Jorge Ortega-Paredes, a resident of Hyattsville, Md., apparently was attacked and robbed shortly after he left the apartment he and his husband share about 10:15 p.m. on May 28 to walk to the home of friends about two miles away in Tacoma Park, according to his husband, Luis Melgar.
“I’m very thankful,” said Melgar, who earlier in the week had feared his husband may not be alive.
Melgar said Ortega-Paredes is being treated for head and facial injuries caused by the assault that doctors say resulted in internal bleeding near his brain.
“He doesn’t remember his name. He doesn’t remember my name,” said Melgar. “But he can recognize faces.”
Hospital spokesperson So Young Pak said Ortega-Paredes is listed in fair condition. She said that under privacy rules the hospital cannot release any further information to the media.
According to Melgar, members of the hospital staff told him Ortega-Paredes arrived at the hospital by ambulance about 11:20 p.m. on the night he went missing. The ambulance had responded to a 911 emergency call from a citizen who saw Ortega-Paredes walking along East-West Highway in Hyattsville while bleeding and appearing disoriented, Melgar said he was told.
He arrived at the hospital emergency room with a backpack in his possession but no form of identification, Melgar said.
It wasn’t until Thursday, more than a week after he arrived at the hospital, that someone discovered papers in the backpack that included a list of phone numbers. A hospital staffer began calling the numbers and reached a friend of the couple who immediately called Melgar.
Melgar rushed to the hospital and formally identified his husband, ending what he said was a week of anguish over not knowing whether he would ever again see Ortega-Paredes alive.
In conversations with his husband at the hospital on Thursday, Melgar said Ortega-Paredes was able to communicate that two men attacked him and took his phone and wallet. It appears that one of them struck Ortega-Paredes in the head either with a fist or an object.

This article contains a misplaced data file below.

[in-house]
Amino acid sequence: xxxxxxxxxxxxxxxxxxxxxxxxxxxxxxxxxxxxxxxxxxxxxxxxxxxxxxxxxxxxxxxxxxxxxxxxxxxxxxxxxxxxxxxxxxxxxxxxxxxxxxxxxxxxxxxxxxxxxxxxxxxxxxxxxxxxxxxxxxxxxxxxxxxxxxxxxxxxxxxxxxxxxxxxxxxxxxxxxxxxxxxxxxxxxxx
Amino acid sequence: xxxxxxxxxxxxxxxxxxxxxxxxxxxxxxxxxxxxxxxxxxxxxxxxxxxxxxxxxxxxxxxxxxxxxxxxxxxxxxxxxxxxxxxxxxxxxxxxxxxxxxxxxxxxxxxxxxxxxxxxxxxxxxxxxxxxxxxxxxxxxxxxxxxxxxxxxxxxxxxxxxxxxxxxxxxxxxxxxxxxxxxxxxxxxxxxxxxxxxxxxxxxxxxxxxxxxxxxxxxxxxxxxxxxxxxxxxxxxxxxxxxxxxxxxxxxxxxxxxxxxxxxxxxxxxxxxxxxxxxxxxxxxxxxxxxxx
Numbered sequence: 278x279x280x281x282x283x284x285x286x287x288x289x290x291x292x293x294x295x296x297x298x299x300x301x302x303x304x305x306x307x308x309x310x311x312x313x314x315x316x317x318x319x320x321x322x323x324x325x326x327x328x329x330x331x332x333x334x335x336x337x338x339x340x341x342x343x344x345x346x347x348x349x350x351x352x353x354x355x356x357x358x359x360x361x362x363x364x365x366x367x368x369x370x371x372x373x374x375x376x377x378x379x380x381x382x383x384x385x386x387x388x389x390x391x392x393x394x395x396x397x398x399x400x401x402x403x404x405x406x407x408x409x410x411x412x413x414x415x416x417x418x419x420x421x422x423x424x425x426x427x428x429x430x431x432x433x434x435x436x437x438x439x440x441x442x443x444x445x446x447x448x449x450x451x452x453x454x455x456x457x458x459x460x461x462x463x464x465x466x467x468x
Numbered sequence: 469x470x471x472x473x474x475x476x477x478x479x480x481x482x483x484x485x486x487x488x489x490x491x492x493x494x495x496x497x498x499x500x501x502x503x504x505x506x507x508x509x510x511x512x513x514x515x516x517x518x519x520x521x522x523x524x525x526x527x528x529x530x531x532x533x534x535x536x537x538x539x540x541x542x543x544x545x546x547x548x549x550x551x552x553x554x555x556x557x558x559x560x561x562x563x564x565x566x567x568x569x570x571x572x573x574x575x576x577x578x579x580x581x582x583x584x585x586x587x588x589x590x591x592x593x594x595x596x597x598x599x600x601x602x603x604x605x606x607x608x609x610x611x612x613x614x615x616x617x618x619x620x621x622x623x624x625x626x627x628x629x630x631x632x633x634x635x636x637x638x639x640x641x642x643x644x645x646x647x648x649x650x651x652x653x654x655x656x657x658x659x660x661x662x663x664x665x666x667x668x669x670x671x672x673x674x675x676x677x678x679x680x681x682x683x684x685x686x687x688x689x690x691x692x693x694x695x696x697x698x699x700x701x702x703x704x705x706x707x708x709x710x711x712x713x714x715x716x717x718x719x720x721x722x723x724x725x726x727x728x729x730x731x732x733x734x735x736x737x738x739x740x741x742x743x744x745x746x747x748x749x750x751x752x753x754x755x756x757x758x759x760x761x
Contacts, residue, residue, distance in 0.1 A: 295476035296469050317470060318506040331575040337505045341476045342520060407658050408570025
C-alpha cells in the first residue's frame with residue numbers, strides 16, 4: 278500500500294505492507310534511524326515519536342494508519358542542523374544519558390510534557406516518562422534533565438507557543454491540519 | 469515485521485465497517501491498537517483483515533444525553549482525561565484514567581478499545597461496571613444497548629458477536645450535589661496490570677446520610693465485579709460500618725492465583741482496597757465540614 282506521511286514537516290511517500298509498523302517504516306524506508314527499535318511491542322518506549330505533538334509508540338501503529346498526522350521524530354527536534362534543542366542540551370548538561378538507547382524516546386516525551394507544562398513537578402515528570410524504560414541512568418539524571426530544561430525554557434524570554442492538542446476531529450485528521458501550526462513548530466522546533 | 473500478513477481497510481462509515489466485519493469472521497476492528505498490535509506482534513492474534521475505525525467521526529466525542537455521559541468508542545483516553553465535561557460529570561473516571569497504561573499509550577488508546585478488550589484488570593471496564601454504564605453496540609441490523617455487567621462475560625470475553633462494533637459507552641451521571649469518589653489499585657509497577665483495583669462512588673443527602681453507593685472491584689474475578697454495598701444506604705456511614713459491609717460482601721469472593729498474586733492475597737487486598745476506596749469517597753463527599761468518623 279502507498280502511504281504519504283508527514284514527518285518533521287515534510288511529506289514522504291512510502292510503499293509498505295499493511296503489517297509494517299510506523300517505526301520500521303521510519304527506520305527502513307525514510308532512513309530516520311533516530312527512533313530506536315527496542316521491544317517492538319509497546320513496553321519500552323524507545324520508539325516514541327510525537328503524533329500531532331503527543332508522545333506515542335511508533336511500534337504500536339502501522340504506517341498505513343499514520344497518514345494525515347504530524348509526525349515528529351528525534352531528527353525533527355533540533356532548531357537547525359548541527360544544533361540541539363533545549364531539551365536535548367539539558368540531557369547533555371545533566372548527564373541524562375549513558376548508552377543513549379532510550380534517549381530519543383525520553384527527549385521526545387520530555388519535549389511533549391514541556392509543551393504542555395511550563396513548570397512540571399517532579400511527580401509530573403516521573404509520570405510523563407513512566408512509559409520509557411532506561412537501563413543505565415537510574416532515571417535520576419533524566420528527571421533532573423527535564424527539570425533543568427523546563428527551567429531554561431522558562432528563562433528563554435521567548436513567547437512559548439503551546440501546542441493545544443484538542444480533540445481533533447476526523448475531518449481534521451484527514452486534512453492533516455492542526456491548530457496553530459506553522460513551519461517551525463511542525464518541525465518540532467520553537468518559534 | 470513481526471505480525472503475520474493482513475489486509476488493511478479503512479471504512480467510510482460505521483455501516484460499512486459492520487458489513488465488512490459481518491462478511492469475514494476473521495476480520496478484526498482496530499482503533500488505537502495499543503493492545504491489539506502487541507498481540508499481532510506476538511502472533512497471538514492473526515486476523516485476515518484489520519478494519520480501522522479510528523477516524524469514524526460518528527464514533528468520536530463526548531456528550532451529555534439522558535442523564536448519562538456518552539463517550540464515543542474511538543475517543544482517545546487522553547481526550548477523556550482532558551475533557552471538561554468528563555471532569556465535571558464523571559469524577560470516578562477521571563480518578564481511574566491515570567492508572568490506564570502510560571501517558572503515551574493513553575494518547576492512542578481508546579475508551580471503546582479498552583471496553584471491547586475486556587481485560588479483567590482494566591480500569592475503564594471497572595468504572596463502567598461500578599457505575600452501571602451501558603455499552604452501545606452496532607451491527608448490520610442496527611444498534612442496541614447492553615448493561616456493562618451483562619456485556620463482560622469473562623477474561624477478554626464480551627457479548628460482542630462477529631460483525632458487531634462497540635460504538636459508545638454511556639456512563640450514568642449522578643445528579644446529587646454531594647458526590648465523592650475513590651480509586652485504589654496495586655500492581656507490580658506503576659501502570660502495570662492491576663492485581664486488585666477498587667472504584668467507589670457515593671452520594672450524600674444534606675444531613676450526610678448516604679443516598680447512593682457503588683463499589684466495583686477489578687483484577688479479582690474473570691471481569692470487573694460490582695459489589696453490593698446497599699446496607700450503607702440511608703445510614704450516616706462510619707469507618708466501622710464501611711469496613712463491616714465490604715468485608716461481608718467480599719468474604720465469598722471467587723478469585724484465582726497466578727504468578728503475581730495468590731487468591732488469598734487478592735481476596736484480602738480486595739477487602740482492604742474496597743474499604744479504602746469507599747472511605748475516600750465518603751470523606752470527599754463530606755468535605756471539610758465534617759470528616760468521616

Although he’s optimistic that prospects look good for his husband’s full recovery, he told the Washington Blade he’s troubled that bureaucratic roadblocks and a possible display of indifference by at least one Hyattsville police staffer prevented Ortega-Paredes from being identified sooner.
“We called that hospital like three or four times on [on May 30] and asked if they had anybody without an I.D.,” Melgar said. “And they didn’t give us any information.”
When he asked about this on Thursday while visiting Ortega-Paredes at Washington Hospital Center, he was told by a staffer that the hospital’s policy prohibits the hospital from releasing information about patients admitted there, even if the callers are searching for a missing relative.
Melgar said he next learned from another hospital staffer that the hospital itself faced a roadblock when Ortega-Paredes struggled to tell nurses where he lived and mumbled something about Hyattsville. This prompted a nurse to call Hyattsville police to ask if they had a report of a missing person.
The nurse, according to Melgar, told a female officer or civilian staffer who answered the phone that the hospital had a physical description of an unidentified patient and would like to know if it matched that of a reported missing person.
“And the person who answered the phone said she couldn’t give out that information,” Melgar said the hospital staffer told him. “She just told the nurse to wait for Jorge to remember something.”
Melgar said he filed a missing persons report for Ortega-Paredes on May 30. Hyattsville police then released an alert to the news media with a photo of Ortega-Paredes appealing to the public for help in finding him.
Lt. Chris Purvis, a Hyattsville police spokesperson, told the Blade on Thursday that the case remains under investigation.